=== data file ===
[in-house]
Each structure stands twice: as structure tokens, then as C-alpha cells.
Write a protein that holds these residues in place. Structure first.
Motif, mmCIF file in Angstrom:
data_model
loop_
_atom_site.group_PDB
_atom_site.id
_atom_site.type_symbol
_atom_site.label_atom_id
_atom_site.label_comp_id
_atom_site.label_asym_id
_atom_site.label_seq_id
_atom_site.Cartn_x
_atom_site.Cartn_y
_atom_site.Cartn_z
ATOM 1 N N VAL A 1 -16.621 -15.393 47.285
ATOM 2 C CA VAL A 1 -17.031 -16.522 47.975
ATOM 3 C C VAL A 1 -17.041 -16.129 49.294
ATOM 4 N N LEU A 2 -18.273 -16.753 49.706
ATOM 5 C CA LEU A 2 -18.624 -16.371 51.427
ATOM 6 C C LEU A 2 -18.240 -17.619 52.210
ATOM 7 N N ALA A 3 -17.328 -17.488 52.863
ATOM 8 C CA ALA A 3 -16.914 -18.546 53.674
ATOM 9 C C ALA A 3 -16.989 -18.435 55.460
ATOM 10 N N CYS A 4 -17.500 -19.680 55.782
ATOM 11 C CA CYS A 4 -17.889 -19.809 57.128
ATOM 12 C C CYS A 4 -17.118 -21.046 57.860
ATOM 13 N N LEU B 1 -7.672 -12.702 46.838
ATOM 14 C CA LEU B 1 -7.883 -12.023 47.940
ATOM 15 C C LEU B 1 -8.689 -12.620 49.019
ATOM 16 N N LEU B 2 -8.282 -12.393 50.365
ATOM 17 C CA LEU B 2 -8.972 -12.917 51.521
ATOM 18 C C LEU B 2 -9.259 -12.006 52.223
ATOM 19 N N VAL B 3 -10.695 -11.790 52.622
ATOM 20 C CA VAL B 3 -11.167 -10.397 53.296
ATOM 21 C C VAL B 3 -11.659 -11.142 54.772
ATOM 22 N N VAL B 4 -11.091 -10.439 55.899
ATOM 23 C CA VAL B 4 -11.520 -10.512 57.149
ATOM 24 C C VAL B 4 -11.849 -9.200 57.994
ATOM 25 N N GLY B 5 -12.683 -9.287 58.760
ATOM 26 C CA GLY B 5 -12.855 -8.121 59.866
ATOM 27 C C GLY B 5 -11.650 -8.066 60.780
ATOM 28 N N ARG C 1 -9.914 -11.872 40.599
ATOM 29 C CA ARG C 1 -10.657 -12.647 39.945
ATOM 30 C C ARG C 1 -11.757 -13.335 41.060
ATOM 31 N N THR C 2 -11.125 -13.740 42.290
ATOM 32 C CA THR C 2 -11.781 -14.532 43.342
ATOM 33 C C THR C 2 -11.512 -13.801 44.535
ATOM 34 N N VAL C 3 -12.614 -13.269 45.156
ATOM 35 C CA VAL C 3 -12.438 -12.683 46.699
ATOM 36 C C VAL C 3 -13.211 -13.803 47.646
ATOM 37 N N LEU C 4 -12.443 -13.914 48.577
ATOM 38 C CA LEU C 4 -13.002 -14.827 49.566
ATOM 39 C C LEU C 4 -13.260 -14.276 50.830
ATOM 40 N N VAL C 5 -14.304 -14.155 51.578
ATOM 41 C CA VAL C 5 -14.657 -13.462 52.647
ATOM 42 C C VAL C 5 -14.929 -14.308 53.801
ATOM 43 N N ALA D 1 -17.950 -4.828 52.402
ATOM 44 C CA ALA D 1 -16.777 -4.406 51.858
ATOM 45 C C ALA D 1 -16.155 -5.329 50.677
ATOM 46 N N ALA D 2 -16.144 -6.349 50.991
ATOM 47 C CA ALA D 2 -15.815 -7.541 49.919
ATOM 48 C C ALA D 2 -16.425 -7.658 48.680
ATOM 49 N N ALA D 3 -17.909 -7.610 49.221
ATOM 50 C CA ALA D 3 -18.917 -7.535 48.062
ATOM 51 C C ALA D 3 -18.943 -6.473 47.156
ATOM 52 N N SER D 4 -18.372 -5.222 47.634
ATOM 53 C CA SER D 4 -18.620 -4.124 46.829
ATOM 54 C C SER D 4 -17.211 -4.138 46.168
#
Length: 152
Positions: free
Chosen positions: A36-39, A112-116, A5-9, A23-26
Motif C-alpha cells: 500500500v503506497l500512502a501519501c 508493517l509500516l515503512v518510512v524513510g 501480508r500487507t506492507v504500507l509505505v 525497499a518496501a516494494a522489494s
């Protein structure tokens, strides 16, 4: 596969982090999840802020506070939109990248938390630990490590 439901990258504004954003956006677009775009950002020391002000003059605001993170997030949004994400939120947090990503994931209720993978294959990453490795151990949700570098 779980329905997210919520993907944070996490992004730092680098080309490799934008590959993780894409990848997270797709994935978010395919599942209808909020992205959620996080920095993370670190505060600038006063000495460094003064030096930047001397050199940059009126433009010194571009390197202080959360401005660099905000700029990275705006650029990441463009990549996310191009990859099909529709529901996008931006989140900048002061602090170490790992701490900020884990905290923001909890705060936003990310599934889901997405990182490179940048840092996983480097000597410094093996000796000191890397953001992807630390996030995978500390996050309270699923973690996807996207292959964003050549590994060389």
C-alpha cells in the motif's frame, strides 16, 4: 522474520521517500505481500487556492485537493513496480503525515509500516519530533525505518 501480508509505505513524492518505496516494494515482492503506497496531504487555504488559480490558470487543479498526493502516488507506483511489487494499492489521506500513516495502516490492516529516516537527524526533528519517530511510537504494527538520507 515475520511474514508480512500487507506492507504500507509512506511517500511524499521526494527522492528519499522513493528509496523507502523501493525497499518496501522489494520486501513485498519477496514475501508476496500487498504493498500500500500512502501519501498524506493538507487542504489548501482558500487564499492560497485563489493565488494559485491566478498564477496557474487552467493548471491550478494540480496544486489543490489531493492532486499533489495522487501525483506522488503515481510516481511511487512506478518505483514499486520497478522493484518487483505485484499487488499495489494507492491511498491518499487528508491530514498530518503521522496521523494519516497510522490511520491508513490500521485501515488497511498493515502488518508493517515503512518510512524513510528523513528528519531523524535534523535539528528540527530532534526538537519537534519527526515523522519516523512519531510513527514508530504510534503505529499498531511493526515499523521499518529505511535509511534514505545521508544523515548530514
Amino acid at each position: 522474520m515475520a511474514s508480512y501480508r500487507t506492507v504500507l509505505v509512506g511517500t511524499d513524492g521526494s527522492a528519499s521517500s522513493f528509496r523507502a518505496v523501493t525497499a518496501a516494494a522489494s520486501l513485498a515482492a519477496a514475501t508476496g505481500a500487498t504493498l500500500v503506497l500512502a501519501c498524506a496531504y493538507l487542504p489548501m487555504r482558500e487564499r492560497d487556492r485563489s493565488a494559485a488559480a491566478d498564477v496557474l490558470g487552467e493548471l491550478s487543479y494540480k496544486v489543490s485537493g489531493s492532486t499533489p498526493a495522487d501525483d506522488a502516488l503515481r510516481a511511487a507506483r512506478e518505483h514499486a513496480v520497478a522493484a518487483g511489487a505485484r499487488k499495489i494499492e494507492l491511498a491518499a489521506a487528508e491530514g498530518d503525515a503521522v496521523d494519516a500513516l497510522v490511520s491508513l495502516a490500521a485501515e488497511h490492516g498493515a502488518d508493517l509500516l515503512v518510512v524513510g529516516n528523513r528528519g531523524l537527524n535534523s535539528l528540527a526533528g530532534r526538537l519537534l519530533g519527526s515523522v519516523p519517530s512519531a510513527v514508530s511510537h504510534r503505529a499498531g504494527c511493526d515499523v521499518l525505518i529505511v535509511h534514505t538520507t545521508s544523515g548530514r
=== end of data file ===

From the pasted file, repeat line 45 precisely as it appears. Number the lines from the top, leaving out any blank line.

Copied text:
ATOM 29 C CA ARG C 1 -10.657 -12.647 39.945